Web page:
• Many buses running on 14 Street SW, 24 Street SW, 90 Avenue SW and on Southland Drive SW are currently running far below their passenger capacity.
  • This project was approved before the introduction of 4-car LRT’s and the announcement of the GreenLINE LRT system. Tax dollars should be put towards clean transit solutions.

Will parks be removed?

The City has stated that all construction will be contained within road right-of-ways and City owned land.  Road right-of-ways include meridians, shoulders, and berms/green space along streets. Green spaces and parks the public now enjoy will be removed and replaced with asphalt, concrete, and bus platforms could eventually be built along the route to accommodate commuters.

What about parking?

The City is estimating that 12 million commuters will be using the service into downtown each year. That equates to 1 million riders per month. Commuters will add to increased traffic and parking issues within SW Calgary communities along the route. Eventually parking lots could be built along the route to accommodate commuters.

I keep seeing TOD. What is a TOD?

A TOD is a Transit Oriented Development, or high density development. Councillor Pincott is very elusive on this subject. He states the “City” is not planning TOD’s around BRT stations but indeed it is developers who propose TOD’s exactly the same way Glenmore Landing is proposing a high density development on its property. He acknowledges that “densification is guaranteed to happen at some locations and that some landowners are trying to work with the City to make sure their plans work with installation of the BRT”. In the interests of transparency would it not be fair to let constituents know what they are getting along with a Bus Rapid Transit (BRT) system?

Will the City be doing Transit Oriented Development (TOD) at the SW Transitway bus stations?

Private Landowners are being encouraged by the City to use Transit Oriented Development principles. This means there will eventually be densification around each BRT transit stop. A motion put forward by Councillor Pincott directing City Administration to work with RioCan (the owners of Glenmore Landing) to facilitate the sale of city land for development was passed by City Council. This purchase will allow for a high density development on the site including 5.4 acres of City-owned green space which we all enjoy today.

Will there be any densification around transit stops?

When asked whether transit oriented developments are likely around all BRT stations, Mac Logan, General Manager of Transportation at The City of Calgary stated, “Intensification around every bus stop? Yes, eventually.” (CBC Eyeopener, Jan 8, 2016)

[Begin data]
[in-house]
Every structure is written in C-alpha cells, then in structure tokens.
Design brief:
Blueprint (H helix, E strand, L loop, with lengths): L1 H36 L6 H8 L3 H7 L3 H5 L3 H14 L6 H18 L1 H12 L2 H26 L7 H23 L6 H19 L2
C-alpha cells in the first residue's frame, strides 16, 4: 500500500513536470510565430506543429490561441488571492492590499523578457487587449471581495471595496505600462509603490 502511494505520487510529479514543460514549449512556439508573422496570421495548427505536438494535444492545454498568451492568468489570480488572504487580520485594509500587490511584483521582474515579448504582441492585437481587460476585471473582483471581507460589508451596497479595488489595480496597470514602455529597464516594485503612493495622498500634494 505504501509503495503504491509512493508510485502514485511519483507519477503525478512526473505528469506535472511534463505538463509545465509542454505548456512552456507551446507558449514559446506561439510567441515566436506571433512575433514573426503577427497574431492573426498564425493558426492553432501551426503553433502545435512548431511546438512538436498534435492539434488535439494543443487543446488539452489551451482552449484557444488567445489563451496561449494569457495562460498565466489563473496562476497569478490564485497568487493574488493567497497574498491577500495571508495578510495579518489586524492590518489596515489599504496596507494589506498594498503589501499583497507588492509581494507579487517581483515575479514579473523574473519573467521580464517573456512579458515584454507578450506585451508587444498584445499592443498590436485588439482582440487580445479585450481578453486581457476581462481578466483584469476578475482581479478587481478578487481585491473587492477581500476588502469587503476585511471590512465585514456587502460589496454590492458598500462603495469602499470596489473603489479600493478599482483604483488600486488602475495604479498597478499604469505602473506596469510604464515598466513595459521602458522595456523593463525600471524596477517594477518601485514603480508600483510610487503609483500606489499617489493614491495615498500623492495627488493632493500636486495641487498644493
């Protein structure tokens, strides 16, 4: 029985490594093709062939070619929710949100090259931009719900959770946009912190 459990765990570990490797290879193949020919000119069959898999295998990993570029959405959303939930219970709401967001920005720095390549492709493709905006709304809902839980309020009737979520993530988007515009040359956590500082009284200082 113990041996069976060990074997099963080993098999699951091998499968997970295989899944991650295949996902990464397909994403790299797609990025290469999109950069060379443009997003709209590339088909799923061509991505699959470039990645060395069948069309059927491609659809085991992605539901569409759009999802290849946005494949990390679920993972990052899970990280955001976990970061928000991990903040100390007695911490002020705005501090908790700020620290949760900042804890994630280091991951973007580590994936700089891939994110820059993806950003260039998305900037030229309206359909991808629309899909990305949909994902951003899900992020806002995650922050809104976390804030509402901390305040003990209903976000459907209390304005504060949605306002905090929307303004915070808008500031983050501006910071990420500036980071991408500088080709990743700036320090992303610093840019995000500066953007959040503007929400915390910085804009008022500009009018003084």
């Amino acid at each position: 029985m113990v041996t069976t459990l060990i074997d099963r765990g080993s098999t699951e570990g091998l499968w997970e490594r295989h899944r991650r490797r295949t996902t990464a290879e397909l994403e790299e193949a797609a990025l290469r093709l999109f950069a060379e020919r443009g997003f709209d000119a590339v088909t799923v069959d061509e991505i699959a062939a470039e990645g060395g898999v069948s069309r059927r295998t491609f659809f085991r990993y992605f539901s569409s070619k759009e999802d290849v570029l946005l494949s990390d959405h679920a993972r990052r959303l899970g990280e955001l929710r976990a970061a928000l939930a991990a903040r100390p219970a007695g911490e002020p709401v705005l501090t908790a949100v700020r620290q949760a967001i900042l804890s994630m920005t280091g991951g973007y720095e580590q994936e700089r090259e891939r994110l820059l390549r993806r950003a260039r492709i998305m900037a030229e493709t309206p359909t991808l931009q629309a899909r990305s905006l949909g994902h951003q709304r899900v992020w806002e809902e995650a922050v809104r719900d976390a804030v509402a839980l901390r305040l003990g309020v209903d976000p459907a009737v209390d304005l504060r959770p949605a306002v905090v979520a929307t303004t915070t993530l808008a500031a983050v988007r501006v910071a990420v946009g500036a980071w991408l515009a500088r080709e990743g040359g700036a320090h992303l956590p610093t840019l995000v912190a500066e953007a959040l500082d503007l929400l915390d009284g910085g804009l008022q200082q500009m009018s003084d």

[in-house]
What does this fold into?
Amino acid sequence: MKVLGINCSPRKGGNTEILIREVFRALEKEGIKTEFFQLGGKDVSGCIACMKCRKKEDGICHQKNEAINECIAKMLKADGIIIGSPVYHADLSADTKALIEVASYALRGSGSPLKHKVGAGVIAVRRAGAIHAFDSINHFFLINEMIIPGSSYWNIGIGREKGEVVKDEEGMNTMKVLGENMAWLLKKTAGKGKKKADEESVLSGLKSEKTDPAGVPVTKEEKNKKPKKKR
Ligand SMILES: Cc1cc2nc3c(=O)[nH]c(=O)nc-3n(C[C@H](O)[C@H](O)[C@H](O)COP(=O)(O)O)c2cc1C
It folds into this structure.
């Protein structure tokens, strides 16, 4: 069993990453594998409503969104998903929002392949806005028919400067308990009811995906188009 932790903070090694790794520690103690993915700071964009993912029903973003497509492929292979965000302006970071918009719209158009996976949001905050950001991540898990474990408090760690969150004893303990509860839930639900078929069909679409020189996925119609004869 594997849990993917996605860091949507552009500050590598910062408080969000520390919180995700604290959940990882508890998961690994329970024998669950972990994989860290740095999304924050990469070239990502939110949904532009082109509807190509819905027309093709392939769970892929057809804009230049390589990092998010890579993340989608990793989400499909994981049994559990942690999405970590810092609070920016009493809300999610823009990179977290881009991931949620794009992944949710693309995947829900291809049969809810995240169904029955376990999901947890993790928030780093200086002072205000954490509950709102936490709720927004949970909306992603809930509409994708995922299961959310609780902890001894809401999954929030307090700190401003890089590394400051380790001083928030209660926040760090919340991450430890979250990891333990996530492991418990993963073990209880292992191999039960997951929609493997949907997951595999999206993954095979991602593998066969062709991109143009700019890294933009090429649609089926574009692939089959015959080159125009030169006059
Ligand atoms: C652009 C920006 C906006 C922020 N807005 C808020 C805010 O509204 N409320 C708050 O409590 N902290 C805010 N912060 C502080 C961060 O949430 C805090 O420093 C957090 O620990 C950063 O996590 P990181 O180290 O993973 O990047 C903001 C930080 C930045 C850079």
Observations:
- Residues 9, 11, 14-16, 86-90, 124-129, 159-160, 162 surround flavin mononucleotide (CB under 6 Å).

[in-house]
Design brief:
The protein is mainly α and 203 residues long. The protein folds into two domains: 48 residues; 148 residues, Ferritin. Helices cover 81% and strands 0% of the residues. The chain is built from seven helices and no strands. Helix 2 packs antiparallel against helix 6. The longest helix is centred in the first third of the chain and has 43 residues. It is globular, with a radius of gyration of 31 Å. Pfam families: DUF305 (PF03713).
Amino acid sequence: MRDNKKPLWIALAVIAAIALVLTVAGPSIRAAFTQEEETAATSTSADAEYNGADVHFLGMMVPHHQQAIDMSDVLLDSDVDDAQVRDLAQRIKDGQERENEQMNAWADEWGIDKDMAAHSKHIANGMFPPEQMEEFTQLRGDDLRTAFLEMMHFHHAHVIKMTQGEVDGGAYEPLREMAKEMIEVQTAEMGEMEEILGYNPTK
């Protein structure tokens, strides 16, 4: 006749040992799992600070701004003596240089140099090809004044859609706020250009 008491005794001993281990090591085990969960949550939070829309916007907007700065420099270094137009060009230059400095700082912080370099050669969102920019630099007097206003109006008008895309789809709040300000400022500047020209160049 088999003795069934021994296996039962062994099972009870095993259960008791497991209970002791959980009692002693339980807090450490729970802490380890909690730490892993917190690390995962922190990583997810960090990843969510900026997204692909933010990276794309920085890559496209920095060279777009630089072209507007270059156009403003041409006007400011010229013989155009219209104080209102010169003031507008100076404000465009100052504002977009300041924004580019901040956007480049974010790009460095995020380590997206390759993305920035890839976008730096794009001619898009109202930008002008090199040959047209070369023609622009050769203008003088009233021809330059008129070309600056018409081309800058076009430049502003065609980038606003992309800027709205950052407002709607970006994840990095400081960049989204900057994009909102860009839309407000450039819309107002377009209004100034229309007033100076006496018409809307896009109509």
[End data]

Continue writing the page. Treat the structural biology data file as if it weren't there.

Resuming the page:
Councillor Brian Pincott brought a Notice of Motion before Council last year, regarding Glenmore Landing. What was that all about?

Click here to see Councillor Brian Pincott’s Notice of Motion

When asked about the planned Glenmore Landing redevelopment, Councillor Pincott’s office has sent emails to constituents stating they are “unable to comment on what we don’t know about” and others stating “the City has no plans for TOD’s associated with the SW BRT”. However, the Functional Planning Study prepared for the City by Stantec Consulting, dated January 25, 2016 (posted on the City’s project website), states: “In support of this notice of motion, during the Functional Planning study process, numerous meetings were held between RioCan and the City to discuss the integration of the transitway and the stations at this location into the proposed development.”

Are there concerns with pipelines and the Utility Corridor along 14th Street?

Utility Corridor

The Functional Planning Study commissioned by The City of Calgary in 2010 reported: “There is a substantial utility corridor on the east side of 14 Street …which limits potential road development. The utility corridor consists of various deep utilities; stormwater, sanitary and water, and shallow utilities including; street lighting, pipelines and likely telecommunications.” Among these utilities are a high pressure natural gas pipeline as well as a water main, which is in the grass median of 14th Street, both of which provide service to the majority of S.W. Calgary. The City’s report went on to warn: “It is not desirable to construct or operate a roadway or busway over these utilities”, however, that is precisely what The City intends to do. ready to engage! has expressed concerns to The City over potential damage and/or interruption of these services and of massive traffic congestion along 14th Street while dealing with these utilities, but The City indicated that it is not prepared to alter its plan. No known risk assessment has been completed nor have environmental assessments been commissioned. Incredibly, The City still plans on putting shovels in the ground in the Summer of 2016.